Nelson & others,
1) The gunnery officer of HOUSTON [her senior survivor], CDR Arthur Maher stated in his 1945 Action Report on the Battle of Sunda Strait that HOUSTON fired approximately 750 rds of 5"/25cal in the final engagement, so hardly a negligible amount, even if off by 100 rds either way.
2) One must bear in mind that her MB's 8" supply was far more critical in terms of depletion, and the MB was put out of action by shellfire & attendant damage before all could be fired. Based on various sources I believe the ship had roughly 300 MB shells left when she went into Sunda Strait. That figure would equal 1/3 of her "as built" allotment of 900 shells, and as her forward turrets had fired approx. 600 shells at BatJvzee, this makes good arithmetical sense. Some accounts--including Van Oosten--have said she had 50 shells per 8" gun left that night, so that's 300 projectiles. I find the figure quite plausible.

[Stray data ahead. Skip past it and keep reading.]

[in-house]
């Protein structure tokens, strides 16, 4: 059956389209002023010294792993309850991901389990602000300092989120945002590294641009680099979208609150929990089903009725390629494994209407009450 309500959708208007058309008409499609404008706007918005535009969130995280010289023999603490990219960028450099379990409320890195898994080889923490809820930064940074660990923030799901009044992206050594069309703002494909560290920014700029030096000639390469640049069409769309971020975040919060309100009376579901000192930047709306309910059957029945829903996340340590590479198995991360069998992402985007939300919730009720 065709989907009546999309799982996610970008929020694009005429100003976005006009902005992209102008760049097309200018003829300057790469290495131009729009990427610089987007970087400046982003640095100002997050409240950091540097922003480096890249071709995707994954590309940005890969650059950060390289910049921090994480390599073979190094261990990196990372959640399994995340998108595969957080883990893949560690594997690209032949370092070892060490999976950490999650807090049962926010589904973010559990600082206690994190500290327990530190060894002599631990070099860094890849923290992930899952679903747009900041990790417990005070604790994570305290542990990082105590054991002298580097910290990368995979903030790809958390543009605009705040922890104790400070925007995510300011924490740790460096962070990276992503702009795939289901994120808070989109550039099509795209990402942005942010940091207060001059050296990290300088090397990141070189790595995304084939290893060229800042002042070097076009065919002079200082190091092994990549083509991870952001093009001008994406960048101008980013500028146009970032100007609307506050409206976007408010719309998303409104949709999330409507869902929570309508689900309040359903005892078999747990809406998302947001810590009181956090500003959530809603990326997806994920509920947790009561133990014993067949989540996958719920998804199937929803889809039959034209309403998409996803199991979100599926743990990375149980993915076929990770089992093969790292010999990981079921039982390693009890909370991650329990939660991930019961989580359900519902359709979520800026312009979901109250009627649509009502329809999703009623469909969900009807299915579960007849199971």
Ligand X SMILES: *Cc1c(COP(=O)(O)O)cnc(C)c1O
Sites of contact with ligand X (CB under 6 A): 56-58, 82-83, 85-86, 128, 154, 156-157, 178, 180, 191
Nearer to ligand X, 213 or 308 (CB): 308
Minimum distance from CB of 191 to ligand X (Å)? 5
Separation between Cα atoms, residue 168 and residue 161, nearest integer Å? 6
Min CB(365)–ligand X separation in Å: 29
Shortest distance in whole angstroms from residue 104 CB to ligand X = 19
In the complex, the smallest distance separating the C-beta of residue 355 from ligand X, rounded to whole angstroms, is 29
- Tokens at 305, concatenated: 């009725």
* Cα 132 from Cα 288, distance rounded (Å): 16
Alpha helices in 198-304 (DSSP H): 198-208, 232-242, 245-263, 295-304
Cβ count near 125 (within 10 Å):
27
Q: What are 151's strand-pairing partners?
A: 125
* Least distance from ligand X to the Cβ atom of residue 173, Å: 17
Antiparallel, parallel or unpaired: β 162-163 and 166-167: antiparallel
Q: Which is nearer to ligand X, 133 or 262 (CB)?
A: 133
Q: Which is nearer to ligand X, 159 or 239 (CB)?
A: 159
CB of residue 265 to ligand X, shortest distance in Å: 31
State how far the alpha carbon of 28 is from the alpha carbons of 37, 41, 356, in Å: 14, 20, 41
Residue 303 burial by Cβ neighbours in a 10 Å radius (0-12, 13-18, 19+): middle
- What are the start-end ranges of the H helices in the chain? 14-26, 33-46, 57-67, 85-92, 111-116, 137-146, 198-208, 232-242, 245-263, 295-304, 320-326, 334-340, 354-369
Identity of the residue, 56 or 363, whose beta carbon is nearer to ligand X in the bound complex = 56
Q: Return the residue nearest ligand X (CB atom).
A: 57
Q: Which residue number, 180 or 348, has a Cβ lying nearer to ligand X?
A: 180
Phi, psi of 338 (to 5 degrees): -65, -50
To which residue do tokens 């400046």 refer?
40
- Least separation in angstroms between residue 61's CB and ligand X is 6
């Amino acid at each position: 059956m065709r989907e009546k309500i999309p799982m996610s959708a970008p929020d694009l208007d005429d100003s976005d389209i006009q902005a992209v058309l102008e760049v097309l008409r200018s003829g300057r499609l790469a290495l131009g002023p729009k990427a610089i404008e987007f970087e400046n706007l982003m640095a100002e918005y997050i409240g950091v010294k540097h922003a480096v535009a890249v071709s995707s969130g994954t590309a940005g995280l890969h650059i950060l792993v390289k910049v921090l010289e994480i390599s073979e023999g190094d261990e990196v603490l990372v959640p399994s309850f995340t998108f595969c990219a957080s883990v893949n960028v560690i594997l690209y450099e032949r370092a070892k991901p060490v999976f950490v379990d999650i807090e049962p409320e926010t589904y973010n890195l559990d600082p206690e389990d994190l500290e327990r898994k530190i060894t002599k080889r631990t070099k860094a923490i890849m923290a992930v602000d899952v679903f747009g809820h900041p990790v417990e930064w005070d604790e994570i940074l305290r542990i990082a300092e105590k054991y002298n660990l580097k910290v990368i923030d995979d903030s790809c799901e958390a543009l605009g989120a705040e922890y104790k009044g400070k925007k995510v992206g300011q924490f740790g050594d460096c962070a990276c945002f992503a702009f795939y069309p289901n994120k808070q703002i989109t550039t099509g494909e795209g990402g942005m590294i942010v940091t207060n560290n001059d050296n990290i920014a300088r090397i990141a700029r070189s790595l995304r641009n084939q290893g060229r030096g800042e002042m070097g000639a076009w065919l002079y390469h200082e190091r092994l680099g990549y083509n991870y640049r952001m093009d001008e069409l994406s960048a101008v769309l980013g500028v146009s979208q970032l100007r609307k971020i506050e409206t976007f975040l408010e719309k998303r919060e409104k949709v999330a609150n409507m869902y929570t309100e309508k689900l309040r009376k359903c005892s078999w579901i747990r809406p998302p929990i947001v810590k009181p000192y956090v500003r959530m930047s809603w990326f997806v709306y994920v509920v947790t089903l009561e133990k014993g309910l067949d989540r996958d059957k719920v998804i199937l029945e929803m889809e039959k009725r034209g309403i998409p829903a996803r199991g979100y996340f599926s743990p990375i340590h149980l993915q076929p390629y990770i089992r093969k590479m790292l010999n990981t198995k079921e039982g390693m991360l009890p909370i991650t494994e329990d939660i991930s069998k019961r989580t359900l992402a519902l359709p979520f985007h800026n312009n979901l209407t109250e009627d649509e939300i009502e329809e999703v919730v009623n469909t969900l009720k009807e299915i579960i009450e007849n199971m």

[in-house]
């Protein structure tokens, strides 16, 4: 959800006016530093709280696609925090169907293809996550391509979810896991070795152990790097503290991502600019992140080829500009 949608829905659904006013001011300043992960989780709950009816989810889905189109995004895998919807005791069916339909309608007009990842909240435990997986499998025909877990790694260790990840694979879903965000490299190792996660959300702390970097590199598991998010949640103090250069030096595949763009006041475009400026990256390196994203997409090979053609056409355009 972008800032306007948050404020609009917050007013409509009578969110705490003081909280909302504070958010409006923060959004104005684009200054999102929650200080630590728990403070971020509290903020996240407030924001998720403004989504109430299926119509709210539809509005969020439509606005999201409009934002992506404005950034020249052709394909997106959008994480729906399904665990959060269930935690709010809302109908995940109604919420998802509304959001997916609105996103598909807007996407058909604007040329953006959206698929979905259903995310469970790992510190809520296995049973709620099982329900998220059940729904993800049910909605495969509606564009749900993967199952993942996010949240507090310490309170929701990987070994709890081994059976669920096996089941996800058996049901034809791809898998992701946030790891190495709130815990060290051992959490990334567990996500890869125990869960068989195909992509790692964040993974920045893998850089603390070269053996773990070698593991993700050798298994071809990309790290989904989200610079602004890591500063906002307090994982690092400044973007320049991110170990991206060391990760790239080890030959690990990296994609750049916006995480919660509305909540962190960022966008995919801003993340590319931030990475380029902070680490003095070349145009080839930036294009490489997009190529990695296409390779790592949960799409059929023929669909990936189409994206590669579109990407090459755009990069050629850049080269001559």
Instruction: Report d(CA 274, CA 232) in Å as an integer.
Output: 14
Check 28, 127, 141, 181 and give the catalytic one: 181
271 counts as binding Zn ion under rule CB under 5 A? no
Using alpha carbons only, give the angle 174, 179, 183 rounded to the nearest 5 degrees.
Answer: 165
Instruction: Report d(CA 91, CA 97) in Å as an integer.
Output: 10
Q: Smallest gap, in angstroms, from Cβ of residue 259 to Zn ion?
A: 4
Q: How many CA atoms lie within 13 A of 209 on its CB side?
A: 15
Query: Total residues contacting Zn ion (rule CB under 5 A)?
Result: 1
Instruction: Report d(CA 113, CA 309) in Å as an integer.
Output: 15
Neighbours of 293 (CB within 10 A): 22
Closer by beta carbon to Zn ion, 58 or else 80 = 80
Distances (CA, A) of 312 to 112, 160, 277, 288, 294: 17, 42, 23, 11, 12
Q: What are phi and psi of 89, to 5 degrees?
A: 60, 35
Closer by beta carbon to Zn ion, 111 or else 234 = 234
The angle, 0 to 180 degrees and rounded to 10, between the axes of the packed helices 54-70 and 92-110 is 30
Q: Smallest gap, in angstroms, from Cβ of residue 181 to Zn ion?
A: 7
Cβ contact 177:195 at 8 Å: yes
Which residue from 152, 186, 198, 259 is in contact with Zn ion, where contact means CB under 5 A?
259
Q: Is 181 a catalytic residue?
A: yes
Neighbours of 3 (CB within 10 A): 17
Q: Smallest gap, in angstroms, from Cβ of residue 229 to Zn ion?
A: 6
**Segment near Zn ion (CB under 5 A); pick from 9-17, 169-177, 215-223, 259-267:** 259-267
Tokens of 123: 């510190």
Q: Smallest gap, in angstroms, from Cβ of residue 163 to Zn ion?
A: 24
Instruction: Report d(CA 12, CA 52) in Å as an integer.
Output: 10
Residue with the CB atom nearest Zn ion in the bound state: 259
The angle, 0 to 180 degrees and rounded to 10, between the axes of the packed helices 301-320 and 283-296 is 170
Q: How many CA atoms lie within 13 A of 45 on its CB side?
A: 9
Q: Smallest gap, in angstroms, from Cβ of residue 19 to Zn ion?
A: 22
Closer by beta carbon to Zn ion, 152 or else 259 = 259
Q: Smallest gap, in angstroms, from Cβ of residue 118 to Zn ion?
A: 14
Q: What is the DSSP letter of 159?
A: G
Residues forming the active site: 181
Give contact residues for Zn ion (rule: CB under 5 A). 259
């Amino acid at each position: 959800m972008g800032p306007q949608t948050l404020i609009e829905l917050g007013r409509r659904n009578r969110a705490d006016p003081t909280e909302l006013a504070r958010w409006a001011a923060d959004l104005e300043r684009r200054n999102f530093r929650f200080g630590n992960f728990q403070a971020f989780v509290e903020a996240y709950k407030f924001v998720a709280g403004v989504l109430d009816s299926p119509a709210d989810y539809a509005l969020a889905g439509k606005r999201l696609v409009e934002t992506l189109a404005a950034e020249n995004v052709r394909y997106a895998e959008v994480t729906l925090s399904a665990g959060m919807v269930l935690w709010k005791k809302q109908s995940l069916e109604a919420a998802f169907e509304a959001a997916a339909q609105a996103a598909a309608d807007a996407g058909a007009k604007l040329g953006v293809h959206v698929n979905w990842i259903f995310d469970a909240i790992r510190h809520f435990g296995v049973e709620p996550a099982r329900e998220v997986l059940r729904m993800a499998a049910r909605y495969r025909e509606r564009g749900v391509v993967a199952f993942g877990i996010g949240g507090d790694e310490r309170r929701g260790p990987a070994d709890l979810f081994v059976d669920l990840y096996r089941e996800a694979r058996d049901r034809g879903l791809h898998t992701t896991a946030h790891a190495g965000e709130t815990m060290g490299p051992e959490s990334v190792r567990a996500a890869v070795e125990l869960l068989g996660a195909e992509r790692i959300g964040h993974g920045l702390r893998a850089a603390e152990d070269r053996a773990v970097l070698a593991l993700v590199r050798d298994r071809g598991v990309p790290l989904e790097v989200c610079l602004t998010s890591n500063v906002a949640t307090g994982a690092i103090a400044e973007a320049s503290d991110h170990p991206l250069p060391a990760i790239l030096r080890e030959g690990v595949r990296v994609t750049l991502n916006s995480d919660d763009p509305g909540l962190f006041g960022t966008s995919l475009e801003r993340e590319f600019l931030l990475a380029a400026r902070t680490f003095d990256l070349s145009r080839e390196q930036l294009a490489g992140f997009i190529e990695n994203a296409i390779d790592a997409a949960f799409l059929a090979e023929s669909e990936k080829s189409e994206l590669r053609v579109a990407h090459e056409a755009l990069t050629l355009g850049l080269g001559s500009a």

3) I have an official message sent by the ship to HQ saying she had 60 shells left, but this is clearly a missprint or garble; turret two alone fired 26 or 27 salvos before being destroyed--that's about 80 shells right there--so it may have been 60 shells per gun...but there's no way that moving 60 shells from Turret Three forward consumed as much time and effort as ALL firsthand accounts say. Moving 300 is much more like it. That's about the amount that would still have been in Turret Three's [previously flooded] magazines.
4) Also, the business about her 'being reduced to firing starshells' is a misunderstanding of how her 5"/DP battery was set up to function, pure & simple. It also fails to take into account how large her allotment of SS had been. (e.g., when undergoing her final refit at Machina Wharf, Navy Yard Cavite in November 1941, in one day she off-loaded over 330 starshells...among much else.)
5) Someone has suggested that CA-30 fired the most 8" MB shells of any USN cruiser in the war. I have no idea if this is true or not, but I like the sound of it.
All for now,